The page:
Low Ratio recreation programs at City of Calgary’s rec centres

FSCD and the City of Calgary  Recreation have partnered up this fall to offer
Low Ratio programs – details are provided in a mail out from FSCD to their families.
Programs are available at Southland Leisure Centre; Village Square Leisure Centre and
the Wildflower Arts Centre.

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What in the World is Going On? September 2015

Setember 2015

By Maureen Bennie


Autism Calgary Community


Autism Awareness Centre Inc.


September means back to school, transitions, and changes in routines. Judy Endow, adult with autism, wrote a blog post about changing classroom strategies, asking us to alter the way we do things based on past knowledge in light of new information. This is good advice for all of us as autism is a relatively new field where knowledge is rapidly changing, challenging our long-held views which may no longer be applicable.

For example, asking for eye contact should not be a goal, although you can still see this written on IEPs. Many people with autism find eye contact too painful or looking at the eyes while hearing information can result in sensory overload leading to a shut down.

What is most poignant about Judy’s post is the need to be kind to ourselves in the face of changing information. We did our best with what we knew at the time. As we learn new things, it is important not to cling to our old ways and strategies and be willing to investigate a possibly better way of doing things without guilt. This is good advice for both professionals and parents!

Speaking of changing beliefs, we have long had the notion that individuals with autism can’t read emotions. A new study is challenging this idea because there is more to reading emotions than just looking at the face – you have to look at the whole body too. People with autism tend to struggle with eye contact, but the study suggests that perhaps reading body language to identify emotions isn’t as challenging.

In the study, Candida Peterson of the University of Queensland in Australia and her colleagues “showed children between the ages of 5 and 12 full-body photos of trained actors portraying happy, sad, angry, afraid, disgusted or surprised emotions. The actors’ faces were blurred. The children with autism did just as well as the children without the disorder in identifying the posed emotions. In a similar test that just showed people’s eyes, the children with autism did not score as well as those without.”

This new information could change the way we teach emotions within the context of social skills.

A good night’s sleep is important. Without it, children can be irritable, struggle with academics, engage in more repetitive behaviors, become easily fatigued, and are more likely to suffer from unintentional injury. Over the long term, poor sleep can lead to adult obesity, anxiety in adulthood, and sleep problems throughout adulthood.

Examples of sleep disturbances are taking a long time to fall asleep, waking up in the night, nightmares, or waking too early in the morning. A new study suggests that sleep disturbances could be linked to genes. Lead researcher Takanori Yamagata, professor of pediatric developmental medicine at Jichi Medical University in Shimotsuke, Japan says, “My hypothesis is that some circadian genes may be related to some of the genetics of autism.”

Yamagata and his team sequenced 18 genes known to govern the body’s day-night rhythms in 28 children and adults with autism, half of whom have sleep disorders, as well as 23 controls.

“They identified a total of 68 mutations in 15 of these genes. About half of the mutations are ‘silent,’ which means they have no effect on the proteins the genes encode. But the other half are ‘missense’ mutations that disrupt the corresponding protein sequence. Nine of the mutations had never been reported before, Yamagata says.”

A woman who worked with a nonverbal, visually impaired young man with autism asked me an interesting question. She was told the young man had low cognitive ability but when he heard music, he came alive. Sitting in his wheelchair, he would rock back and forth in time to the music and hum along to songs. When the music was no longer playing, he would hum the songs and everyone around him recognized the tunes. She was wondering if there was a way she could explore this connection to music in some way to enhance his life and maybe teach him some things too. As a classical musician and former music teacher, my response was an enthusiastic yes!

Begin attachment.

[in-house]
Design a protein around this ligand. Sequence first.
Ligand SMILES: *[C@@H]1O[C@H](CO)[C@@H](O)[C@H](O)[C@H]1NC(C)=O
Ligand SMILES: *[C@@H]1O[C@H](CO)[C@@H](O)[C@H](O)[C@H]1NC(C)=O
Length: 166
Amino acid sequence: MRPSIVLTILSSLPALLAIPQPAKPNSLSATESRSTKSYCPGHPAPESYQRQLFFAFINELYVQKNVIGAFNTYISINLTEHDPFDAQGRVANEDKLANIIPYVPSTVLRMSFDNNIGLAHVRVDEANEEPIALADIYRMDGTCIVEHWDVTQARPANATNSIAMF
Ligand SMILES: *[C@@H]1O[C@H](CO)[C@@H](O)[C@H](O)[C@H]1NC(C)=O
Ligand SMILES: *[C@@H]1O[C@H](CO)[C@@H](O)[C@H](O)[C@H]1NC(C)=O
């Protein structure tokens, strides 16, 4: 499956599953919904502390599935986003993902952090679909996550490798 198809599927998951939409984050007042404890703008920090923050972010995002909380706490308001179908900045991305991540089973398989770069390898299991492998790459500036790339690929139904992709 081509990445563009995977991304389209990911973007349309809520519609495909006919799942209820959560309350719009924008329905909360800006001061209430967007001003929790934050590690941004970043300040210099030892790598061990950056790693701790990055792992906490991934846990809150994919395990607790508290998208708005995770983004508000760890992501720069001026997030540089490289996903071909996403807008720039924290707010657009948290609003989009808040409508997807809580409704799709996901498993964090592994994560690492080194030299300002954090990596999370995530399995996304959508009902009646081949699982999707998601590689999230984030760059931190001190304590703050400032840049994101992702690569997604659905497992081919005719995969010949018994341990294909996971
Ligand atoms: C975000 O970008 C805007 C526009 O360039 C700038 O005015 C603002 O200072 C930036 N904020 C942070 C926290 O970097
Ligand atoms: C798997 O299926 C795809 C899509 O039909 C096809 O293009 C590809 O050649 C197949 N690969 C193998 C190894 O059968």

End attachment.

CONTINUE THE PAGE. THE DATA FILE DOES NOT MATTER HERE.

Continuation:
I think what was happening with this man was he felt a connection to music and could communicate through it. His support team can pursue and build on this interest. Often when a person is blind, their other senses become more acute such as hearing. With autism, many of our individuals have a heightened sense of hearing even without a visual impairment.

There is a great deal that can be taught using music. Use certain songs to cue association with tasks. For example, choose a song that you can use for transitioning to another activity. Play it every time you move to something new and an association to that song will happen with that transition. You can pick songs for cleaning up, end of day, lunchtime and the list goes on.

To learn more about using music as a teaching tool, read my blog post Enhancing the Life of an Individual with ASD Through Music. It contains a list of music resources as well as “how to” You Tube videos. Don’t be afraid to use music even if you have no formal musical training to enrich a person’s life. There are a lot of materials out there to guide you.

A change of seasons means a change in temperature. This can be problematic for some on the autism spectrum because of difficulty with temperature regulation. Jeannie Davide-Rivera, mother of three sons with autism, wrote an excellent post about this very topic. She says, “Temperature regulation is an automated body system that regulates the body’s core temperature in response to outside stimuli. The temperature of the body is regulated by neural feedback mechanisms in the brain, which operate primarily through the hypothalamus. It has the remarkable capacity for regulating the body’s core temperature that keeps your body temperature somewhere between 98F and 100F. When your body is exposed to heat or cold conditions this system balances your internal temperature with the temperature outside.”

Because of sensory processing issues, individuals with autism may exhibit hyper or hypo sensitivities to heat and cold. A child may not feel how cold it is in the winter and take off his coat. Another person may start to shiver as soon as they come out of the sun and enter an air-conditioned room.

Temperature regulation issues are important to know about because it can lead to discomfort and later, challenging behavior such as meltdowns or shutdowns. Teachers and school playground supervisors, keep an eye on those children who are not wearing a coat while outside at recess. Look for signs of overheating or the need for extra cool down time, like after physical activity.